Sunday, March 21, 2010

My first mashing, as it were

Today was my first foray into a partial mash, as a step to a full mash. I do not as of yet have the ability to boil a full five gallons (six actually when boiling for an hour), so a partial mash is the step I must take. A bit above the steeping of grains, a partial mash will not only induce color, but add to the fermentable sugars. So, what did I mash?

Let's step back a moment. The latest issue of Zymurgy contains several articles on the list of various types of adjuncts. Few provide fermentable sugars, but they do add to the character of the beer. Using this as a guide, and inspired a bit by things my fan club enjoys, I started to generate a recipe in my head. I started with my "Crystal My Oats" recipe, though in the end, few elements of the original recipe remained.

The first to change were the hops in play. Four ounces of Chinook were chosen over a single ounce, plus an ounce of Fuggles. The chocolate malt was also reduced and the roasted barley dropped. Into the partial mash then went 6 pounds of pale malt, 2 pounds of 120L Crystal malt, 1 pound of flaked Oats, half-pound of chocolate (350L) and one-quarter pound black patent (500L).

2.5 gallons of 170F degree water went into the mash tun, the lid placed and let sit for 10 minutes. The idea to heat the entire tun with the water came from videos I had seen of others and their mashing techniques. It did seem to help the adsorption of heat and keep the temperature constant. The cracked grains were then in placed, stirred and left to mash for 45 minutes. In the meantime, 2.5 gallons of water were heated to 170F to sparge when the mash was finished. The collection of wort ended up being 3 gallons and the specific gravity was 1.050 and adjusted to 1.058 based on temperature.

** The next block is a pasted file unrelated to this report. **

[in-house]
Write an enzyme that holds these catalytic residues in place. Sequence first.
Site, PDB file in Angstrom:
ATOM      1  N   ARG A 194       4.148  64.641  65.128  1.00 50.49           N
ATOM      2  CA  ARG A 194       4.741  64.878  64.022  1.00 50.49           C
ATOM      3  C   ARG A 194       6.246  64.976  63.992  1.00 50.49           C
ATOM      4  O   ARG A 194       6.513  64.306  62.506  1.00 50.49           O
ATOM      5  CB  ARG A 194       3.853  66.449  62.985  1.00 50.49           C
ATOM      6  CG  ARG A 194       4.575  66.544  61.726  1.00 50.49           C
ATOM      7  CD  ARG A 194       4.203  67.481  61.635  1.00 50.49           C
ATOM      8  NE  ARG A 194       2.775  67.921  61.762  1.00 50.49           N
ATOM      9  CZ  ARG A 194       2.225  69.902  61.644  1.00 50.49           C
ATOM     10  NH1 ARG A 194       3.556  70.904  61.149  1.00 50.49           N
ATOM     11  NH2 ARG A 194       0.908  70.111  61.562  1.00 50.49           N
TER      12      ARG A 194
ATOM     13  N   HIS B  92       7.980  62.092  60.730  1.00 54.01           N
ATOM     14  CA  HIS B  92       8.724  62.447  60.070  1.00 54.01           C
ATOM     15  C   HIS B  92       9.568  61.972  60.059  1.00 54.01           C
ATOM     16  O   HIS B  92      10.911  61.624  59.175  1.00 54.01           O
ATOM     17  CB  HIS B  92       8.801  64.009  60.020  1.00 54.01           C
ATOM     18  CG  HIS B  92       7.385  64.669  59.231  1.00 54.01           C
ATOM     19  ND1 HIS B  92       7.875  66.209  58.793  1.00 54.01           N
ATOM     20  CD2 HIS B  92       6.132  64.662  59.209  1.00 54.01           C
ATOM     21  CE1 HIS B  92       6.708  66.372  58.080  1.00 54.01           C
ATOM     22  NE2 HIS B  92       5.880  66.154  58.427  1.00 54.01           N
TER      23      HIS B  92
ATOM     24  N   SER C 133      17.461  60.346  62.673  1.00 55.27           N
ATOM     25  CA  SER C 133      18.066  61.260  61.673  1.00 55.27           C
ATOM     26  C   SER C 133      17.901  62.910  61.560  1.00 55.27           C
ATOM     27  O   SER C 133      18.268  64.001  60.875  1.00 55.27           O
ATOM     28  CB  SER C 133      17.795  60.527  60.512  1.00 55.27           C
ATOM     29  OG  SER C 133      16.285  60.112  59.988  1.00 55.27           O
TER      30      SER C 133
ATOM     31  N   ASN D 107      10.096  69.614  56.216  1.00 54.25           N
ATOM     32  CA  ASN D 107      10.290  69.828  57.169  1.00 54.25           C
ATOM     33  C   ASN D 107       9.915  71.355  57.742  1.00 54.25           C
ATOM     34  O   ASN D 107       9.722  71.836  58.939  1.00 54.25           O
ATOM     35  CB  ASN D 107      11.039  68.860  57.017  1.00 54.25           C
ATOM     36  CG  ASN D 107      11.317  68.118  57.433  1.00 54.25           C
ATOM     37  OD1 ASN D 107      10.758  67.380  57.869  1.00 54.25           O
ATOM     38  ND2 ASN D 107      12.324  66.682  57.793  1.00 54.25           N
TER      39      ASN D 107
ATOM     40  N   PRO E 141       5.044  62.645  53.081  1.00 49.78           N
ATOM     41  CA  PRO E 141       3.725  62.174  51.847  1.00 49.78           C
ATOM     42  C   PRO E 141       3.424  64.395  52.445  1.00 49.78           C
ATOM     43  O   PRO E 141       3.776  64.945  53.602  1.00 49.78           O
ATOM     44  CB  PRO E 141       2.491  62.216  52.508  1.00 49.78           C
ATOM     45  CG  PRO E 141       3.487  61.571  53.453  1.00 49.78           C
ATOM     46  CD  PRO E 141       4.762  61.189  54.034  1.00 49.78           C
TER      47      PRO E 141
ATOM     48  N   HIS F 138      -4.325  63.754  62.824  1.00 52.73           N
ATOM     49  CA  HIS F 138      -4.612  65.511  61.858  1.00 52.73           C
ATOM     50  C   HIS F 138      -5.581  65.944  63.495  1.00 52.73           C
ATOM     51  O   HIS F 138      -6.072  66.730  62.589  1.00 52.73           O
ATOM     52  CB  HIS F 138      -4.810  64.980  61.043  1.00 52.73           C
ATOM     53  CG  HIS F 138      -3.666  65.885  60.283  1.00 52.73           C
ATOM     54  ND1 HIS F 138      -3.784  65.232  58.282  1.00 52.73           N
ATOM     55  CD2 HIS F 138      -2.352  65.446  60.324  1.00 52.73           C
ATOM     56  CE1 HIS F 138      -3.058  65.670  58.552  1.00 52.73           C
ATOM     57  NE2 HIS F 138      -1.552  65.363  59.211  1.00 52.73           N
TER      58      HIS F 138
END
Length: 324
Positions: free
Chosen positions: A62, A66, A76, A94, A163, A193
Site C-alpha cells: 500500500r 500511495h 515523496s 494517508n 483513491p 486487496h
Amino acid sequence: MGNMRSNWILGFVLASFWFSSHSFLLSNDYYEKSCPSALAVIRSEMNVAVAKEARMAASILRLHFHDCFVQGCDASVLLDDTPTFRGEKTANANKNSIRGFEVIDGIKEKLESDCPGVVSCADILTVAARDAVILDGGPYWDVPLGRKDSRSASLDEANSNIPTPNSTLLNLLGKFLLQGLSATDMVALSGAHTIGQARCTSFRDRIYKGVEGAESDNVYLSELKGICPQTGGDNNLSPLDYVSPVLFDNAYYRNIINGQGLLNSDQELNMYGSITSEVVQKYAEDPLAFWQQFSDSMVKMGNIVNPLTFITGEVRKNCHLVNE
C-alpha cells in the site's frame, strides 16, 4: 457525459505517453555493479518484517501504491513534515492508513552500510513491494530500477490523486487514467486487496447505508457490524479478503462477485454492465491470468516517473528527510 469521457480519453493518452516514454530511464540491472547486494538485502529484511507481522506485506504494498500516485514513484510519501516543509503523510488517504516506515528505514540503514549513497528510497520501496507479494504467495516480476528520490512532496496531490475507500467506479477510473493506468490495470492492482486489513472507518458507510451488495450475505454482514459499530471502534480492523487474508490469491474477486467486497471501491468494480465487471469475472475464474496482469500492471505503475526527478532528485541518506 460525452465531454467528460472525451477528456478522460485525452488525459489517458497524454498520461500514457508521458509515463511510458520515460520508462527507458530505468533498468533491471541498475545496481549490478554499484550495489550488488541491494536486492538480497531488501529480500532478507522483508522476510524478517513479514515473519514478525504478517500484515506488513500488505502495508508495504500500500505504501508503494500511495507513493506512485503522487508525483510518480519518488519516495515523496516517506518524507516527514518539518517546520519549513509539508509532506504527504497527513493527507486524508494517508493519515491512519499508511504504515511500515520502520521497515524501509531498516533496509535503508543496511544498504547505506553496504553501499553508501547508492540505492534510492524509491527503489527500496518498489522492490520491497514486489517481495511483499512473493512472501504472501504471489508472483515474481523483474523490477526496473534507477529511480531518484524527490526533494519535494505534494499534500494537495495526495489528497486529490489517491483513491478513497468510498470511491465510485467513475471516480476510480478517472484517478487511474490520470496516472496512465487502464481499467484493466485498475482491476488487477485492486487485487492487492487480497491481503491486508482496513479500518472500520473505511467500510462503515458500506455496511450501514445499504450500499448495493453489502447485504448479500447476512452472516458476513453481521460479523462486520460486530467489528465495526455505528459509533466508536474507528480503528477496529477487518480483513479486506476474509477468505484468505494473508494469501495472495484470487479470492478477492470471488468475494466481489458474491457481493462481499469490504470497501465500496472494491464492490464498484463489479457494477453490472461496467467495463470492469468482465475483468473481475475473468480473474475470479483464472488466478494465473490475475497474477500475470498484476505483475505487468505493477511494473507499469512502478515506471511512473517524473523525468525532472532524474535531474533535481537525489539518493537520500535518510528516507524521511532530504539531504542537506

After that, it was pretty much business as usual for extract brewing. Seven pounds of pale extract were added, boiled for 60 minutes with 2.5 ounces of Chinook hops. Half ounce was added with 10 minutes to go. Half ounce more at 5 minutes and the remaining half ounce at heat off and boil stop. Other ingredients were added then as well, but they will be the subject of a future post.

Immersion chilled to proper pitching temperature, nice yeast starter pitched containing White Labs WLP004, and off it goes. With a starting gravity of 1.088, by morning it should be going quite well.

So, what did I learn after doing a partial mash? Well, here's a nice list:
  • Mashing is more work, but brings more giddiness when doing the run off.
  • Never second guess the water to grain ratio. Let it run and adjust in another batch, if necessary.
  • It is a VERY good idea to flush several gallons of cold water through the grain bed before tossing in the trash. Unless one enjoys being scalded.
  • The 10 gallon Home Depot labeled Rubbermaid cooler holds heat very well.
  • Simple is better.
Thanks for all those who followed my progress today on Twitter. May the results be well worth the efforts.